3 Things Apple Must Do To Regain Its Dominance

| About: Apple Inc. (AAPL)
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An open letter to Apple (NASDAQ:AAPL) CEO Tim Cook

Mr. Cook,

I think you have gathered over the last four or five months that the honeymoon phase of your tenure as CEO is officially over. Your stock just completed its worst monthly performance since 2008 and is down some 35% since its peak in mid-September. First of all, you have my empathy. It is never easy to succeed a legend, especially one as lauded as Steve Jobs. Very few that do are successful in developing a legacy of their own. No one remembers the poor saps that came after Vince Lombardi, Alfred Sloan or Napoleon. However, the coming months will greatly determine the trajectory of your tenure as Apple CEO.

Steve Jobs was a unique combination of world class visionary and obsessive, relentless & competitive S.O.B. Few individuals will ever have his vision, so I would not focus on that side of his success. Focus instead of channeling his competitiveness, obsession with detail and his relentless drive to annihilate the competition. If you can achieve this, your tenure as Apple CEO will be a fruitful one. Here are the three places I would start.

#1 Crush the shorts and negative market pundits

Short sellers and negative pundits are like cancer cells. They start as a small clump, but if left unchecked, they can multiply and destroy the organism they attack. They can cause massive disruptions to your customer base and employee morale. At $700 a share, Apple was an innovative juggernaut that could do no wrong. After a 35% decline in the stock, these parasites are questioning and criticizing every move the company makes. CNBC, Bloomberg and the NY Times can hardly go a day without a story on how Apple is losing its "cool" factor or how the company lost its "mojo". Do you think this does not affect customers' perspectives on your company or impact their buying decisions? Of course it does, so this vicious cycle must be stopped now.

Listen to David Einhorn and employ the massive $140B worth of cash and marketable securities on your balance sheet. Issue debt or preferred shares to get around the tax consequences of repatriating cash from overseas (or at least until congress issues its next tax amnesty act). Here are several things I would do immediately to attract value and retail investors.

  • Raise your dividend by at least 50%. This would raise your yield at current prices to 3.5% which should start to attract income investors. This would cost roughly $5B annually. Pocket Change! Personally I would double the dividend.
  • Split the stock 5 or 10 to 1. This costs you nothing and will attract the retail investor who wants to buy 100 or 200 shares but cannot do so at current prices.
  • Announce that the company plans to buy back 10% of the stock's float over the next two years. State that the policy will be to buy shares anytime the PE ratio breaks below 10. Cost at current stock price, around $45B. Easily affordable and I doubt you will have to employ the full authorization as if you implement these outlined steps, Apple will not be below 10x earnings for long.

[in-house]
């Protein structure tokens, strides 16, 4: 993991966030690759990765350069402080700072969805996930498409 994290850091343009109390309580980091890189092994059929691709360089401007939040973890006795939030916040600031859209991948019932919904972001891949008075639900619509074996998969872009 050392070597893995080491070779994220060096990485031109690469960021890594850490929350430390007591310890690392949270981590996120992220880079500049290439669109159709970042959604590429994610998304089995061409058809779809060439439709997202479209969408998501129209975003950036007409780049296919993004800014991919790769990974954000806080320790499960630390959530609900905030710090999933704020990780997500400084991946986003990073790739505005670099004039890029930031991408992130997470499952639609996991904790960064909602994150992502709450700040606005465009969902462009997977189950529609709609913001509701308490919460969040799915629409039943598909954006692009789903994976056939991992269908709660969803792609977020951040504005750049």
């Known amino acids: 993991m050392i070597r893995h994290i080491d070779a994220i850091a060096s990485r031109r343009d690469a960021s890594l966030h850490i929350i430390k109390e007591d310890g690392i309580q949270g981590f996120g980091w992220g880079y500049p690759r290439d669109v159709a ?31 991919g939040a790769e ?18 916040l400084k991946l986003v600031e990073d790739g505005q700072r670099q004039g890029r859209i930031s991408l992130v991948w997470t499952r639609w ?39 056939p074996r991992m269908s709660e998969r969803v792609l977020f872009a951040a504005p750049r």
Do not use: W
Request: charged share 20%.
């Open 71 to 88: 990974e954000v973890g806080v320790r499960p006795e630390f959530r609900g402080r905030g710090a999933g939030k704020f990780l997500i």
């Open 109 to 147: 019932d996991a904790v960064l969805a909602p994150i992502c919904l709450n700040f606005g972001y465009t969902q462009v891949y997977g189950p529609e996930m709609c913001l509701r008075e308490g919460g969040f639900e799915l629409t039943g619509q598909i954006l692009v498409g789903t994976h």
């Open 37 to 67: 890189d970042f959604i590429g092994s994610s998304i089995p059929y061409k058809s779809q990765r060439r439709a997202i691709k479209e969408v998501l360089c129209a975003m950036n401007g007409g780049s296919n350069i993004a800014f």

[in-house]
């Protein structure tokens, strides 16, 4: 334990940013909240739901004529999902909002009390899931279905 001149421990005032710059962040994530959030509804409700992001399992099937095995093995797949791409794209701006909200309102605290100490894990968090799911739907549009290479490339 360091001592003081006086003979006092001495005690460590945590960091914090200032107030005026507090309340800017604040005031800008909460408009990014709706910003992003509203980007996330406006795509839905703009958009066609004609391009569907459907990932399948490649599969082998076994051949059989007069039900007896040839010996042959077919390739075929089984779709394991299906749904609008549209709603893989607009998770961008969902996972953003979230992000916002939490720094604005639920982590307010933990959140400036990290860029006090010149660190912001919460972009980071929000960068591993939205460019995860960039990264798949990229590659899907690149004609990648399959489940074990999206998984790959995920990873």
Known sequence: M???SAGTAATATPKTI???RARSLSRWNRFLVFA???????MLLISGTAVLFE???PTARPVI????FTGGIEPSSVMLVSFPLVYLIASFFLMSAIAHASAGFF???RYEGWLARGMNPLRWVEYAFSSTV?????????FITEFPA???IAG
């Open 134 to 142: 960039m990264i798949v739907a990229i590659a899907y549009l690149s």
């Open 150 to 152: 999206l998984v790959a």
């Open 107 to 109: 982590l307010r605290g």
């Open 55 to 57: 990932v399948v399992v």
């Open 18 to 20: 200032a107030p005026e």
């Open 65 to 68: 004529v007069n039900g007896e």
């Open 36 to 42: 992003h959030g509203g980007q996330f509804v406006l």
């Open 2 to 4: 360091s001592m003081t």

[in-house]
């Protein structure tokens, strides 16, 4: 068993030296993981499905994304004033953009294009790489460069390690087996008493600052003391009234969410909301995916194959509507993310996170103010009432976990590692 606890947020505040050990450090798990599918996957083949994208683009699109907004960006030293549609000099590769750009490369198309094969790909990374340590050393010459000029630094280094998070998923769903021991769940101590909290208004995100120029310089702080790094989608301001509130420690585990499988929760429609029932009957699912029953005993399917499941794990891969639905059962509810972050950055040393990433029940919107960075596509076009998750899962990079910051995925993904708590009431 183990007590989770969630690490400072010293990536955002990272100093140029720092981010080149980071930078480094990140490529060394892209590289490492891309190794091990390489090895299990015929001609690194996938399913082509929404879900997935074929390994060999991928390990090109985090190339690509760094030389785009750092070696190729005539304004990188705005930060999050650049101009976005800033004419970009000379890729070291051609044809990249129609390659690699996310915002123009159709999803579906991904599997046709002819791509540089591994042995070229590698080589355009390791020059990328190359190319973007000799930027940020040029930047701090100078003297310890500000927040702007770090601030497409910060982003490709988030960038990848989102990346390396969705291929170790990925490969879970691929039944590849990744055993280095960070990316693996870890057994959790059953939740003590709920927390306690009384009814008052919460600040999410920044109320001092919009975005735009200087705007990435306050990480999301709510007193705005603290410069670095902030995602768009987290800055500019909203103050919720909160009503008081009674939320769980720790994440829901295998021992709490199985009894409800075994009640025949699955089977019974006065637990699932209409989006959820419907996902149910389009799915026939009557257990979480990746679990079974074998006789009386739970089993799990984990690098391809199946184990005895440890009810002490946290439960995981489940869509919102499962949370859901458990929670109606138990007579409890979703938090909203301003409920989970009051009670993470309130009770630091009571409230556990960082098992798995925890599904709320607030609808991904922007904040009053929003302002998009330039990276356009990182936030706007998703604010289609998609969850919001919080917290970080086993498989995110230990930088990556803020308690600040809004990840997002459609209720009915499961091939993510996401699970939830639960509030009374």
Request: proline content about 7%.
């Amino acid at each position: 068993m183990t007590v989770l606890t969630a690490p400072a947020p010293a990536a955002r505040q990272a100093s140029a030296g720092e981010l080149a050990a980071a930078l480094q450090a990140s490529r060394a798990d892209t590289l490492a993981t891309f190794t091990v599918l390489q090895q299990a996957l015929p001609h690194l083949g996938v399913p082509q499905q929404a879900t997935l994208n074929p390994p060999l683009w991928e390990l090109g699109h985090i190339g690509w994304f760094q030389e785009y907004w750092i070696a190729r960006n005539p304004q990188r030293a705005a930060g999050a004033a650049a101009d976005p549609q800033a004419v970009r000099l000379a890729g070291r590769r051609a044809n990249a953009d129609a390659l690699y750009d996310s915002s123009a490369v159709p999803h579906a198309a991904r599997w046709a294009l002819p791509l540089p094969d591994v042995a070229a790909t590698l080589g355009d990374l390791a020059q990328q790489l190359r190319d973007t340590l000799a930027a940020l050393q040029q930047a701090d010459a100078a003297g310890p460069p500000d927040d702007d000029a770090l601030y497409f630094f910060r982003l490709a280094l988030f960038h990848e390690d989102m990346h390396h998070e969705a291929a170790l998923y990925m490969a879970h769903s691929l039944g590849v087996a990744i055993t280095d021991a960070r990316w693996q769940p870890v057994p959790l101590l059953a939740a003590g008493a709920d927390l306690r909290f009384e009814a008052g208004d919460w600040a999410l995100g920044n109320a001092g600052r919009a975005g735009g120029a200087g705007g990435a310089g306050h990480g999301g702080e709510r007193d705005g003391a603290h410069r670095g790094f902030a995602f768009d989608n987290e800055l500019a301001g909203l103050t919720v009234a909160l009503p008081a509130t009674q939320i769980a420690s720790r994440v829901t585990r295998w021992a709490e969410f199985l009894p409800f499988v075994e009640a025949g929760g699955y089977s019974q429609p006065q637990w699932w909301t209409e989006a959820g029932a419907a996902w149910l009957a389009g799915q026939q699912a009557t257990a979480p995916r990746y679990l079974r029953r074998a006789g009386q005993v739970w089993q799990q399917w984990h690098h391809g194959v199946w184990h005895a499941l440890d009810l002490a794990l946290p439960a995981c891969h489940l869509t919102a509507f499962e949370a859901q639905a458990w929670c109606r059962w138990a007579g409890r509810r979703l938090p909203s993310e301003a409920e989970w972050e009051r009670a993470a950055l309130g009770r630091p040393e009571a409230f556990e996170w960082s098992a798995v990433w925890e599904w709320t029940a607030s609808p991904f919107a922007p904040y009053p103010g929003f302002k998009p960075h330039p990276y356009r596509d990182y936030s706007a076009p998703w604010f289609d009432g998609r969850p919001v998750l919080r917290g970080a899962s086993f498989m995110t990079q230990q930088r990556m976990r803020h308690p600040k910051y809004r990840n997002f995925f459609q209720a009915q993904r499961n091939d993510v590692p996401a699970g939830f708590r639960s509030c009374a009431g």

#2 Accelerate growth in China

Not since Nixon went to China in 1972 has someone needed the Middle Kingdom for its prospects more than Apple does now. It is the key to the company achieving a double digit long term growth rate for revenues and earnings. Yes, your products are offered by the #2 and #3 telecom carriers but you cannot win when you are not one of the top five smart phones in China. This means you need to get China Mobile (NYSE:CHL) and their 600mm subscribers on board. Do what it takes to make this happen. Give them a percentage of app store sales and/or grant them exclusive distribution rights in Asia for a larger iPhone (which you should develop anyway). Be creative. If Apple only gets 10% of China Mobile's subscribers, that is 60mm new iPhones. You already have Al Gore on the board, so sign President Clinton to a $10mm retainer with additional stock options if he can help close the deal. He will love the limelight and Bubba is the consummate deal maker (something in short supply in Washington these days).

#3 Open a new front against Google

Right now Google (NASDAQ:GOOG) is fighting an asymmetrical war against your company. They attack you in the smart phone space while their core business lines (search, maps, etc…) remain safely out of reach of any response. Change that. You had the right idea (but awfully poor execution) with Apple Maps. Fix that. Buy better technology and/or employ more resources to make this a viable alternative. In addition, expand Siri's voice search capabilities. I would consider licensing or even give away these capabilities to other manufacturers. Whatever it takes to offer some competition to Google in the search arena and make it a more symmetrical war.

Okay, that is my two cents. I hear you have a fantastic operations mind, but it is going to take more than that to right your company's ship and go down as a successful leader of Apple. So channel your inner George Patton and strap on your pearl handled revolvers. Go! March! Attack! Conquer!

A loyal but frustrated Apple shareholder.

Disclosure: I am long AAPL. I wrote this article myself, and it expresses my own opinions. I am not receiving compensation for it (other than from Seeking Alpha). I have no business relationship with any company whose stock is mentioned in this article.